"Passion for serving the blind"

Stah has been managing RISE for 10 years. She says her job is "part broadcast, part teaching."

"I and our volunteers have a healthy respect for the print disabled," Stah told The Enterprise.

Stah’s grandmother, Grace Simonelli, was a RISE listener.

"I was exceptionally close to my grandmother," she said.

Simonelli had macular degeneration, a condition that many RISE listeners suffer from, Stah said.

Macular degeneration is a condition that affects the central part of the retina – the part of the eye that records images and sends them from the eye to the brain through the optic nerve. It is the leading cause of blindness for Americans age 55 and older, according to the American Macular Degeneration Foundation.

Her grandmother had loved to read, and when she lost that ability, "it was very difficult," Stah said.

"I would read to her," Stah went on, citing newspaper articles, the Ann Landers column, and mail as the types of materials she would read.

Her grandmother’s dilemma made Stah aware of the struggles brought on by being unable to see.

"For my grandmother, making a cup of coffee was a treacherous thing," Stah said.

RISE made her feel "that she was included in her community," she said, adding that many of RISE’s current listeners feel the same way.

Stah’s experience with her grandmother made her want to work harder "and fill the needs of our listeners," she said. "I have a passion for serving the blind."

"I think my grandma would be proud," she said.

Remembering her grandmother and knowing firsthand what her daily struggles were like, Stah said, helps her to know what her listeners need.


Billie Dye, of Delmar, has been listening to RISE "since its inception," she told The Enterprise.

"I have macular degeneration, glaucoma, and cataracts," she said.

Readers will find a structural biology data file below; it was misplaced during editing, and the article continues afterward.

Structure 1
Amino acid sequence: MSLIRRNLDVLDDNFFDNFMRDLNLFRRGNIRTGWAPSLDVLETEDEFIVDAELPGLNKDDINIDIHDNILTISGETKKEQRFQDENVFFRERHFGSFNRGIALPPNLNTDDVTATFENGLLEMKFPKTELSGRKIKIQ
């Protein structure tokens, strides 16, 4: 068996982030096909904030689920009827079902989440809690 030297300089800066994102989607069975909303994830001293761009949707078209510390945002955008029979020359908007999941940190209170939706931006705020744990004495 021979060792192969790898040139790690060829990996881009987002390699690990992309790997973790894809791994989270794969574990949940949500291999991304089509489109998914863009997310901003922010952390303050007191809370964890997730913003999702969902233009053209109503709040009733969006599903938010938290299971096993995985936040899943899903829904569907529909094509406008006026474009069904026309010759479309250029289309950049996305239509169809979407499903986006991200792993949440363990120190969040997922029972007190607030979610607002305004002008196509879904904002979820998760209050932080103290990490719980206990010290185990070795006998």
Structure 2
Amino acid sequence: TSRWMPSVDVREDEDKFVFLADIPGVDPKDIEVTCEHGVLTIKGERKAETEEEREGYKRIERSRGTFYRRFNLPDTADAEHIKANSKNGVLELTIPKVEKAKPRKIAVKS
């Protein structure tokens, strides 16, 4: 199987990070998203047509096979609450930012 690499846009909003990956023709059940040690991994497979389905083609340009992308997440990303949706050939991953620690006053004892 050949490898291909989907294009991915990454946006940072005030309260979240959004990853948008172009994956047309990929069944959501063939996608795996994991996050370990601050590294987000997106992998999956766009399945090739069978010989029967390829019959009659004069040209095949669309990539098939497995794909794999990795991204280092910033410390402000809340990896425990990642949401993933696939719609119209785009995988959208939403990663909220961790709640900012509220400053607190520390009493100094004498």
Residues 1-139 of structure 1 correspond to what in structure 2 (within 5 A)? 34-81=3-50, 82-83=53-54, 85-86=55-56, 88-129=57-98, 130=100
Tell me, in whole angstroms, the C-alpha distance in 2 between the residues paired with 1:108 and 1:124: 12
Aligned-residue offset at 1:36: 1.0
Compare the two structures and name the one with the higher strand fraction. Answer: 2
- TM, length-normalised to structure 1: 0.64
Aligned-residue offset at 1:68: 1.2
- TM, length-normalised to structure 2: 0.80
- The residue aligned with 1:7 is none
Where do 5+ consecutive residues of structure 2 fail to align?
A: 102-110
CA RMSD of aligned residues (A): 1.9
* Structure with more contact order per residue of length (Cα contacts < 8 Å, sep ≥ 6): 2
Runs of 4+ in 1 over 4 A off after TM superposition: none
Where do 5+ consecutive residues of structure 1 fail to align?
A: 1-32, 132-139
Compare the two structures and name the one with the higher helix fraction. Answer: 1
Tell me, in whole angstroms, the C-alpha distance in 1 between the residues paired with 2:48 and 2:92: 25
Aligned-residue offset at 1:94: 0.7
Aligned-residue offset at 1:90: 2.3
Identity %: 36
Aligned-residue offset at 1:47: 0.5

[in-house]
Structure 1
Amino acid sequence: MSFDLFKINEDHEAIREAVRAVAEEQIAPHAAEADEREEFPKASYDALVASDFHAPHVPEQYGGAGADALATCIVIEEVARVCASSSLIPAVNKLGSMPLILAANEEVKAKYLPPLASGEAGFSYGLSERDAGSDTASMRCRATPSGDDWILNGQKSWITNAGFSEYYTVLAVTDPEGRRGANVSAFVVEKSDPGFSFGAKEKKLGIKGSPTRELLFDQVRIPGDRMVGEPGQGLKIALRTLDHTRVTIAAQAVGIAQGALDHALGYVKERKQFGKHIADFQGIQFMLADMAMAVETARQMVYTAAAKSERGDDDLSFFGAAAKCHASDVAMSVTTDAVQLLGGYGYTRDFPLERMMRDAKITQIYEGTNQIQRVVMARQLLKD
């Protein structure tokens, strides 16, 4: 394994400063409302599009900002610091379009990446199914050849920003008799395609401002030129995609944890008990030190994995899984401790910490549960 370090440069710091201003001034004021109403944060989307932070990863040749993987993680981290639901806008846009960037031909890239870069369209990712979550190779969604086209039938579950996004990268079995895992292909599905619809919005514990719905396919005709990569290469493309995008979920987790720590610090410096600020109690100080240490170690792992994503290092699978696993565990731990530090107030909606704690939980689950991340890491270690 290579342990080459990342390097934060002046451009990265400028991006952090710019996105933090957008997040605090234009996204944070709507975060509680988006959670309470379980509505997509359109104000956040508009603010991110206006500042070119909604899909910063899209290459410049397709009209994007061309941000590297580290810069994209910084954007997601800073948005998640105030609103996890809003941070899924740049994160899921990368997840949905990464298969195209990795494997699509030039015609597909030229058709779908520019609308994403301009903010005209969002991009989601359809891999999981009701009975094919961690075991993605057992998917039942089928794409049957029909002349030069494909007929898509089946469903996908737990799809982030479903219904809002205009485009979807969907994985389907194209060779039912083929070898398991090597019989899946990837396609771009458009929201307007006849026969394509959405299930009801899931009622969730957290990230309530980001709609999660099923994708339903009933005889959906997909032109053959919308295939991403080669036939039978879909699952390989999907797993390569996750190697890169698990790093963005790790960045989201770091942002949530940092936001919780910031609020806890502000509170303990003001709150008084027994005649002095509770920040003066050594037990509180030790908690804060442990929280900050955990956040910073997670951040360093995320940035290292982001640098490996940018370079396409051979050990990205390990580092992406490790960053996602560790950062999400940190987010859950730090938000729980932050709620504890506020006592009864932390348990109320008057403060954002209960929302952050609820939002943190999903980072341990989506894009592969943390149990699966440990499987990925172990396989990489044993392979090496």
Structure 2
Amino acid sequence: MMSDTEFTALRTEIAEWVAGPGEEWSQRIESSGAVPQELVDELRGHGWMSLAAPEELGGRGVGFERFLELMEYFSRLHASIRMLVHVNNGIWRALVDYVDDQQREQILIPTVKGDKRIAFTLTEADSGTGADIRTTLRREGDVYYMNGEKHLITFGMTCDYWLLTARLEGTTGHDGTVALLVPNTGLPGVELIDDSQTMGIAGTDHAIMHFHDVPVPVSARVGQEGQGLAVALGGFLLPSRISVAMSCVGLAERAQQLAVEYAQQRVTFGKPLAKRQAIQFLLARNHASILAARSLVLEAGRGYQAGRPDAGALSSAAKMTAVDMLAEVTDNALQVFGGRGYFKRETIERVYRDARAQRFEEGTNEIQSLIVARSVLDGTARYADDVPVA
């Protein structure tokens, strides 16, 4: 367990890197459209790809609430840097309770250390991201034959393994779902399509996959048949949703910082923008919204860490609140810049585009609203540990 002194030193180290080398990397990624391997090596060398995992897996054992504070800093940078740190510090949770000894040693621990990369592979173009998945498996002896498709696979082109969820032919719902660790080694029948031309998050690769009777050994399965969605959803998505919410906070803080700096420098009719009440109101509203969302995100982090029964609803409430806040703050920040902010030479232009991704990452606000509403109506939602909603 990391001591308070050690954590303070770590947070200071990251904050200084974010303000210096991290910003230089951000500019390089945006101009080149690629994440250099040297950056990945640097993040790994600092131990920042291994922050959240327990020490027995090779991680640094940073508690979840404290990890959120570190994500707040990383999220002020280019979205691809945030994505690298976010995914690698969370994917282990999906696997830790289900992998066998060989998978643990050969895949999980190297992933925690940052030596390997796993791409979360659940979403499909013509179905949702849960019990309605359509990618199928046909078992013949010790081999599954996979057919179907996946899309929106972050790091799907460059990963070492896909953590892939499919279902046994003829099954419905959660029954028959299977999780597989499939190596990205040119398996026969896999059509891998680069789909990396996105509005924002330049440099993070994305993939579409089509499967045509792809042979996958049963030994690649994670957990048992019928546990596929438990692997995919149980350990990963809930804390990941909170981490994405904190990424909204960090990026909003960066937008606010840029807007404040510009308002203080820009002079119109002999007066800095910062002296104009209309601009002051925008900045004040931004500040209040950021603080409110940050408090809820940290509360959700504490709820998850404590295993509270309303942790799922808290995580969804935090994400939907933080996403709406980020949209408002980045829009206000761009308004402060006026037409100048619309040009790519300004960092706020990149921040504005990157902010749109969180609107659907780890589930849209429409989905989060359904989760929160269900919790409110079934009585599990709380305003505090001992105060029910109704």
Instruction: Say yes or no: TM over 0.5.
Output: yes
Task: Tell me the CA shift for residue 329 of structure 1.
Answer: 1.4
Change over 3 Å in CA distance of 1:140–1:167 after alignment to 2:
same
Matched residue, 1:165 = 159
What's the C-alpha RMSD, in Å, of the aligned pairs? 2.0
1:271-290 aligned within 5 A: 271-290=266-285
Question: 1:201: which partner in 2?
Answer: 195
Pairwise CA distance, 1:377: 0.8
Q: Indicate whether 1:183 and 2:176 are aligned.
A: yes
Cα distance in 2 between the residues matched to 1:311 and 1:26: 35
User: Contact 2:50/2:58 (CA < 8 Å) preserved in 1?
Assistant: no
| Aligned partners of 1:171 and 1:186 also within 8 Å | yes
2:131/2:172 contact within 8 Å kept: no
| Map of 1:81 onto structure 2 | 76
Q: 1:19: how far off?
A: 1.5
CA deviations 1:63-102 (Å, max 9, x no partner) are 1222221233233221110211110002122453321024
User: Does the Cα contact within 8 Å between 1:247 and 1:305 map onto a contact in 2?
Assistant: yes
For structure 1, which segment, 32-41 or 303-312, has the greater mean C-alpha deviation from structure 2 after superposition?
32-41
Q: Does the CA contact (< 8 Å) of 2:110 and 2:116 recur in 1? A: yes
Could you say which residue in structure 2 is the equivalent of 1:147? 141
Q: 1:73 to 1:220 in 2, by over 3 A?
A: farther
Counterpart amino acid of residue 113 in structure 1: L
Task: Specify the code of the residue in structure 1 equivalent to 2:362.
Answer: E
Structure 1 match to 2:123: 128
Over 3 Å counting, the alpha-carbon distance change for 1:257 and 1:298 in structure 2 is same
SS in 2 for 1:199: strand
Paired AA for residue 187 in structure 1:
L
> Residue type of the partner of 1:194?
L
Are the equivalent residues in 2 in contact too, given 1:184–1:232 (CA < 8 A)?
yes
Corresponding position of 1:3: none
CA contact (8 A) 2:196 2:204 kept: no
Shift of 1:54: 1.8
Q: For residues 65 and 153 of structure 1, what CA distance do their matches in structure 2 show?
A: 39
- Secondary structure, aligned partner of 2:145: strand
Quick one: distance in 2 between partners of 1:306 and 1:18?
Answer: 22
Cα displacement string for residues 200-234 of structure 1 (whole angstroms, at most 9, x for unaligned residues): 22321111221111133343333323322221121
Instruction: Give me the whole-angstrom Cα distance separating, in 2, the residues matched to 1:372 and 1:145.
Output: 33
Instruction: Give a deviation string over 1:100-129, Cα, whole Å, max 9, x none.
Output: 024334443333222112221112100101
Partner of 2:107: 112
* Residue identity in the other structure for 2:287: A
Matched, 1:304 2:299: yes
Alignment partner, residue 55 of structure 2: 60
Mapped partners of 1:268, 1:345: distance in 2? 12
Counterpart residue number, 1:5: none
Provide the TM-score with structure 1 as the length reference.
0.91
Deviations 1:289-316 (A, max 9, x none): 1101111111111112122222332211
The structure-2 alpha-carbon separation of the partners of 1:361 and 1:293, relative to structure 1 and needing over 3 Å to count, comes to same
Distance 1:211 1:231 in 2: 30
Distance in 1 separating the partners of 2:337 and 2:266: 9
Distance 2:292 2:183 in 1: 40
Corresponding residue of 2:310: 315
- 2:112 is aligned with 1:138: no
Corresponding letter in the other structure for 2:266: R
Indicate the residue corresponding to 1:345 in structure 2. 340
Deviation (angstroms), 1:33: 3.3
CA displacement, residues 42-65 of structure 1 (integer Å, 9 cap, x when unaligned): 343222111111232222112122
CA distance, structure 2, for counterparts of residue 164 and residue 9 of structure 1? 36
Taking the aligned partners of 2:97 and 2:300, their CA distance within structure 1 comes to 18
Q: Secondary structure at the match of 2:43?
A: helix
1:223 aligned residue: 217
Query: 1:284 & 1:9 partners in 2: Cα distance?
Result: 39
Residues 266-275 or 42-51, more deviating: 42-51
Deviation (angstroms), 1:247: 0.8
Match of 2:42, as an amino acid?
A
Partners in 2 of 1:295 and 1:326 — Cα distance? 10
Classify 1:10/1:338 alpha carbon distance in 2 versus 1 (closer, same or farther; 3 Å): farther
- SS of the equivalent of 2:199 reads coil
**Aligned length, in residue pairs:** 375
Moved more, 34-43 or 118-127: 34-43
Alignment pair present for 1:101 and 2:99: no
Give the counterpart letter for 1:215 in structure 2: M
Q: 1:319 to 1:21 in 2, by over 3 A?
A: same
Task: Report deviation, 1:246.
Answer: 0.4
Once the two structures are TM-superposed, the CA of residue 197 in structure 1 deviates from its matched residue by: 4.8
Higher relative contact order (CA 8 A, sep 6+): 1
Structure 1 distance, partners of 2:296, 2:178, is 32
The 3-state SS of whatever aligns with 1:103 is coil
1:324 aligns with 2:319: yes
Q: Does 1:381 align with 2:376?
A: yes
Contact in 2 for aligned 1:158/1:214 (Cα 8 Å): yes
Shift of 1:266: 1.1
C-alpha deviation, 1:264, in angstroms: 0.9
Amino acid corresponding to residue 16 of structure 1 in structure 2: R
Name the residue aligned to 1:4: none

"You learn to deal with it," she said of not being able to see. "It’s all attitudinal."

Although she listens to the paper every morning, Dye said she feels "a sense of pride" in telling her friends and family that she read the news in the morning’s paper.

Dye has peripheral vision but "can’t read, or see faces or any fine details," she said.

Her blindness, Dye said, "Gave me the poise to be able to stand up and talk to people."

For 11 years, Dye held a monthly class where she taught aides to work in homes for a not-for-profit organization. Teaching the class helped her realize, she said, "I still had something to give to someone else."

"RISE has been an important part of my life, keeping me informed, and that’s something I really appreciate," she said.

"I feel as though the readers are part of my family," Dye said. The gift of their time and talent really means a lot to her, she said.

Rose McGee, of Rotterdam, also has macular degeneration, and cannot read any printed material. She has been listening to RISE for four years, she told The Enterprise.

"I just enjoy listening," she said. "I can’t pick up a paper, and I still get news."

Carl Celella lives and works in North Greenbush. He is a blind listener of RISE.

He has been listening since 1994, he said. "They are the most informative radio station I know of," he told The Enterprise.

Celella – along with his male yellow lab, Gordo – has worked for the past five years at the Home Depot in North Greenbush. He works in the plumbing department. He says of his job, "We love it," referring to himself and Gordo.

"He’s a great dog" He’s closer to me than my wife," said Celella.

Gordo has been Celella’s "buddy" for six years, he said. It is mandatory for Gordo to retire when he is 10 years old, Celella said. At that point, he said, "I’m gonna get him a black female for a mate."

Of his blindness, Cellella told The Enterprise, "When God takes something away from you, He gives you something else."

Celella said that his memory has been strengthened since he lost his vision.

He stays "mentally alert" by listening to RISE, he said. "I couldn’t live without the sucker."

[Return to Home Page]